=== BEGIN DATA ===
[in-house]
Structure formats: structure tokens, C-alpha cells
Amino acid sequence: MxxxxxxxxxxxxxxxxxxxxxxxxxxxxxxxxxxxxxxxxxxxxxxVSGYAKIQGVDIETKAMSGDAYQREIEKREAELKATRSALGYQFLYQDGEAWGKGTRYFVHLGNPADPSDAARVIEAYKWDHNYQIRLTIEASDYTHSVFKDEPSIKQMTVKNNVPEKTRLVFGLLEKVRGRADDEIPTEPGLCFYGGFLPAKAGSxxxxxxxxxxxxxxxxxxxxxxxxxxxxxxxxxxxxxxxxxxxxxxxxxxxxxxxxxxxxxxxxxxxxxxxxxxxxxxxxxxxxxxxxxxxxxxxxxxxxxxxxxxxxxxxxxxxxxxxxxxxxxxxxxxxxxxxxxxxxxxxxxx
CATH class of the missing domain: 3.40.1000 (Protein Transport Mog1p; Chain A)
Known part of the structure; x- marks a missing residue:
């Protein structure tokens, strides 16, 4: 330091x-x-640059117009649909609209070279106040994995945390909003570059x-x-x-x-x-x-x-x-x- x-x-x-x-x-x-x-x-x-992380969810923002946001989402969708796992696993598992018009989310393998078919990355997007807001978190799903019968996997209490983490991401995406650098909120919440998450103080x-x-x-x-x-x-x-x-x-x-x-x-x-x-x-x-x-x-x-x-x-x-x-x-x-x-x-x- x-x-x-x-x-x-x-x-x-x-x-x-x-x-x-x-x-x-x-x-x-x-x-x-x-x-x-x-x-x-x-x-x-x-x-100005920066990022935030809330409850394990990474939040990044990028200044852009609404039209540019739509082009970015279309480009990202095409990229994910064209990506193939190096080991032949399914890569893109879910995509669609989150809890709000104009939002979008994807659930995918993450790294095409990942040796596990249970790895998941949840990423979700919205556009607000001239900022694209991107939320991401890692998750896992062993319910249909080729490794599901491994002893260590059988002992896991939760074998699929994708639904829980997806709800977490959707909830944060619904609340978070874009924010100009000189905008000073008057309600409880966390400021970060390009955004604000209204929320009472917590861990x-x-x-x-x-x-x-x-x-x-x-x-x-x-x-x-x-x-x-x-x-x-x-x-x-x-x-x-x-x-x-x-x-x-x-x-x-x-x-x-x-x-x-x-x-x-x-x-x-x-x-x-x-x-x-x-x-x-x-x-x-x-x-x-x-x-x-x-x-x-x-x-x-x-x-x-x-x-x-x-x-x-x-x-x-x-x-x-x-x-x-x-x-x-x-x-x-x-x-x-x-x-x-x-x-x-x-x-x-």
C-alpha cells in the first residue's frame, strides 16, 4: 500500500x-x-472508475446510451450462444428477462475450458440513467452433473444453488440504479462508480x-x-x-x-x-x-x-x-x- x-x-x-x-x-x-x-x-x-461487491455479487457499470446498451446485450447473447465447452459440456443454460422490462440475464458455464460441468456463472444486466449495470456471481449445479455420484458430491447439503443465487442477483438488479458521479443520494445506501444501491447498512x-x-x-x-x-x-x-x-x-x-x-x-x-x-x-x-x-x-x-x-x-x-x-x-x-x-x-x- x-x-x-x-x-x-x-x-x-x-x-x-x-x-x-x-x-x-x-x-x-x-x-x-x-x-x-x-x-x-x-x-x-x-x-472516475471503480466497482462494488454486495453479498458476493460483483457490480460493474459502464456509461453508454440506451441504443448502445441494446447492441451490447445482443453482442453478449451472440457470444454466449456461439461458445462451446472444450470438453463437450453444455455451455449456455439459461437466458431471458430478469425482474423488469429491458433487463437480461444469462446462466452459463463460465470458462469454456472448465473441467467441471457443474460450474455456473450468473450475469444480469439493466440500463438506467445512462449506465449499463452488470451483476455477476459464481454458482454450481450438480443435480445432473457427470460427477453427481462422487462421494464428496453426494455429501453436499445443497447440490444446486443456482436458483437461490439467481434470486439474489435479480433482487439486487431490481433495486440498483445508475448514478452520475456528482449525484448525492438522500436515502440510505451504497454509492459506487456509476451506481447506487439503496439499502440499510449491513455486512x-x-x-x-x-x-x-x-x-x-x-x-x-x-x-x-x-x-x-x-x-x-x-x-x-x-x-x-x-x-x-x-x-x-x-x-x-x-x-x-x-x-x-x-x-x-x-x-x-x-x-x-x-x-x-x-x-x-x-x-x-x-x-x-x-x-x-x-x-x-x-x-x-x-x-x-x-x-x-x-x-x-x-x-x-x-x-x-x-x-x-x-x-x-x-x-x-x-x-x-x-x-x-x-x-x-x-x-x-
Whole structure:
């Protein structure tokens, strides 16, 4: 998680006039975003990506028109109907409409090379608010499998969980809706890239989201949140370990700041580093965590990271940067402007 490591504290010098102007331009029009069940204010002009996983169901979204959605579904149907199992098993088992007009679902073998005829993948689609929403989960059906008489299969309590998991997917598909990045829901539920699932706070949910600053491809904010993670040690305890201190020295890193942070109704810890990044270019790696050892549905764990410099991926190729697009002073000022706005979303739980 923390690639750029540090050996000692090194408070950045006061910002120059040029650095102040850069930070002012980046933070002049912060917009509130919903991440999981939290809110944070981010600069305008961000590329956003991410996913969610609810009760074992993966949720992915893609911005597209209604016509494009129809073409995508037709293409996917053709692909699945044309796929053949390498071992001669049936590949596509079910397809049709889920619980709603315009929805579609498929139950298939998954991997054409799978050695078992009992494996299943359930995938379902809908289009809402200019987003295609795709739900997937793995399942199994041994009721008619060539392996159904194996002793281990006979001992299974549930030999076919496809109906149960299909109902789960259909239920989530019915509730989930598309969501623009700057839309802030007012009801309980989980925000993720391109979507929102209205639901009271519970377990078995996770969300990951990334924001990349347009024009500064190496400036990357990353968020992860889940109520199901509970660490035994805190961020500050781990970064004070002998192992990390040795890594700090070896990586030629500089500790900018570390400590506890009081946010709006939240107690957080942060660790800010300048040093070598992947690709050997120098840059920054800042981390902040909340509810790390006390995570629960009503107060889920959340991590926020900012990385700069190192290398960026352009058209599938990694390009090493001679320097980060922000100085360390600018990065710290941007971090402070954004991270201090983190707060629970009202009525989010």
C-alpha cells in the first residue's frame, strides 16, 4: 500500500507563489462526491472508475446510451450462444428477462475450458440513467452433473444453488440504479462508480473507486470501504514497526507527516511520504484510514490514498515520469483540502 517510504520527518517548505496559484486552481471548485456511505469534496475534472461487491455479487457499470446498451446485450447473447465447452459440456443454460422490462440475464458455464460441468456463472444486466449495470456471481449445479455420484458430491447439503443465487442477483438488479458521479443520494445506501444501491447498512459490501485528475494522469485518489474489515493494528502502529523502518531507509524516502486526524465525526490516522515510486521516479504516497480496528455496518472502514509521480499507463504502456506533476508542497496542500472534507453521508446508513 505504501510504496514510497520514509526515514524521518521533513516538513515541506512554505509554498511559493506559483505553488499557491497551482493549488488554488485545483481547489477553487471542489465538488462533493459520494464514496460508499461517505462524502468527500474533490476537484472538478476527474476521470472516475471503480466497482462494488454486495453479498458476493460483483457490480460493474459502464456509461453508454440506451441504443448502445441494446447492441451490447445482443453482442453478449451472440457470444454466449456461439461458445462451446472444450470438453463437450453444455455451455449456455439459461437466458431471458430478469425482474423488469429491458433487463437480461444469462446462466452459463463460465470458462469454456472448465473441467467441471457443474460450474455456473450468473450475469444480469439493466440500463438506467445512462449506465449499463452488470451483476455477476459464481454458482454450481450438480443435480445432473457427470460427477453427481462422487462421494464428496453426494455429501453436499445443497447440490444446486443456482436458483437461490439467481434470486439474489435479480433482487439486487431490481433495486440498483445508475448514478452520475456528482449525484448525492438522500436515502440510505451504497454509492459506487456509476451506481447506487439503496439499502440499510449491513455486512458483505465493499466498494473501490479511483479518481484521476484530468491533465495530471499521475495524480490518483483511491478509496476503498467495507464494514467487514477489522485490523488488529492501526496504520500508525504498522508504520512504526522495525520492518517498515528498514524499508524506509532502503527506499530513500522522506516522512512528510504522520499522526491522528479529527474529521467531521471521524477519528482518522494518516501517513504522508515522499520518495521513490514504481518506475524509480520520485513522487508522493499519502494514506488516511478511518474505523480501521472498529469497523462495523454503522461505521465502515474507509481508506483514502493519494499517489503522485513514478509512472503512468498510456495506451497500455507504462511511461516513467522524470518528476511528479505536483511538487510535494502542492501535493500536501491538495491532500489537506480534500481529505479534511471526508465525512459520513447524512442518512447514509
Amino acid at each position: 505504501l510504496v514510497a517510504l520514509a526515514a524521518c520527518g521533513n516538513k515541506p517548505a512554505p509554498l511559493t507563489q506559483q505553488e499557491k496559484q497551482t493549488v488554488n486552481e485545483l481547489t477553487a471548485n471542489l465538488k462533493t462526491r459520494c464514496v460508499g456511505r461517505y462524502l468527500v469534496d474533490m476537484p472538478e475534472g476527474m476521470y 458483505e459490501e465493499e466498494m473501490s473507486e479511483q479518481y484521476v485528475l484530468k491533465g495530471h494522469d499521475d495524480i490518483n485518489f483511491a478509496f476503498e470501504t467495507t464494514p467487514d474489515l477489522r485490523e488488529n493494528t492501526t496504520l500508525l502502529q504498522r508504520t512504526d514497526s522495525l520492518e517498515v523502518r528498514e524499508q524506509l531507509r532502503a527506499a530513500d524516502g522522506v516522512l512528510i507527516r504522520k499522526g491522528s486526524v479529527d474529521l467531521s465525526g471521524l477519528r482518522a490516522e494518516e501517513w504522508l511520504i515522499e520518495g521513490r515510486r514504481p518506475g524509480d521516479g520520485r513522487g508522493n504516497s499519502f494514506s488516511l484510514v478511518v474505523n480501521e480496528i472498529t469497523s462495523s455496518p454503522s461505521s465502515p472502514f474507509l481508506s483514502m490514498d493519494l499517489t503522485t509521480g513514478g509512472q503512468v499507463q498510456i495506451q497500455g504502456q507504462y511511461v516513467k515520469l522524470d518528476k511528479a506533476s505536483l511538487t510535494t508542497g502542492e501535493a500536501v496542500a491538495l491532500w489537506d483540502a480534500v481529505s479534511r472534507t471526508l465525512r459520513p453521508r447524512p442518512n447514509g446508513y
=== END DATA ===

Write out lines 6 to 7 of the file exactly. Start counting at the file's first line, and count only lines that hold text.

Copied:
């Protein structure tokens, strides 16, 4: 330091x-x-640059117009649909609209070279106040994995945390909003570059x-x-x-x-x-x-x-x-x- x-x-x-x-x-x-x-x-x-992380969810923002946001989402969708796992696993598992018009989310393998078919990355997007807001978190799903019968996997209490983490991401995406650098909120919440998450103080x-x-x-x-x-x-x-x-x-x-x-x-x-x-x-x-x-x-x-x-x-x-x-x-x-x-x-x- x-x-x-x-x-x-x-x-x-x-x-x-x-x-x-x-x-x-x-x-x-x-x-x-x-x-x-x-x-x-x-x-x-x-x-100005920066990022935030809330409850394990990474939040990044990028200044852009609404039209540019739509082009970015279309480009990202095409990229994910064209990506193939190096080991032949399914890569893109879910995509669609989150809890709000104009939002979008994807659930995918993450790294095409990942040796596990249970790895998941949840990423979700919205556009607000001239900022694209991107939320991401890692998750896992062993319910249909080729490794599901491994002893260590059988002992896991939760074998699929994708639904829980997806709800977490959707909830944060619904609340978070874009924010100009000189905008000073008057309600409880966390400021970060390009955004604000209204929320009472917590861990x-x-x-x-x-x-x-x-x-x-x-x-x-x-x-x-x-x-x-x-x-x-x-x-x-x-x-x-x-x-x-x-x-x-x-x-x-x-x-x-x-x-x-x-x-x-x-x-x-x-x-x-x-x-x-x-x-x-x-x-x-x-x-x-x-x-x-x-x-x-x-x-x-x-x-x-x-x-x-x-x-x-x-x-x-x-x-x-x-x-x-x-x-x-x-x-x-x-x-x-x-x-x-x-x-x-x-x-x-």
C-alpha cells in the first residue's frame, strides 16, 4: 500500500x-x-472508475446510451450462444428477462475450458440513467452433473444453488440504479462508480x-x-x-x-x-x-x-x-x- x-x-x-x-x-x-x-x-x-461487491455479487457499470446498451446485450447473447465447452459440456443454460422490462440475464458455464460441468456463472444486466449495470456471481449445479455420484458430491447439503443465487442477483438488479458521479443520494445506501444501491447498512x-x-x-x-x-x-x-x-x-x-x-x-x-x-x-x-x-x-x-x-x-x-x-x-x-x-x-x- x-x-x-x-x-x-x-x-x-x-x-x-x-x-x-x-x-x-x-x-x-x-x-x-x-x-x-x-x-x-x-x-x-x-x-472516475471503480466497482462494488454486495453479498458476493460483483457490480460493474459502464456509461453508454440506451441504443448502445441494446447492441451490447445482443453482442453478449451472440457470444454466449456461439461458445462451446472444450470438453463437450453444455455451455449456455439459461437466458431471458430478469425482474423488469429491458433487463437480461444469462446462466452459463463460465470458462469454456472448465473441467467441471457443474460450474455456473450468473450475469444480469439493466440500463438506467445512462449506465449499463452488470451483476455477476459464481454458482454450481450438480443435480445432473457427470460427477453427481462422487462421494464428496453426494455429501453436499445443497447440490444446486443456482436458483437461490439467481434470486439474489435479480433482487439486487431490481433495486440498483445508475448514478452520475456528482449525484448525492438522500436515502440510505451504497454509492459506487456509476451506481447506487439503496439499502440499510449491513455486512x-x-x-x-x-x-x-x-x-x-x-x-x-x-x-x-x-x-x-x-x-x-x-x-x-x-x-x-x-x-x-x-x-x-x-x-x-x-x-x-x-x-x-x-x-x-x-x-x-x-x-x-x-x-x-x-x-x-x-x-x-x-x-x-x-x-x-x-x-x-x-x-x-x-x-x-x-x-x-x-x-x-x-x-x-x-x-x-x-x-x-x-x-x-x-x-x-x-x-x-x-x-x-x-x-x-x-x-x-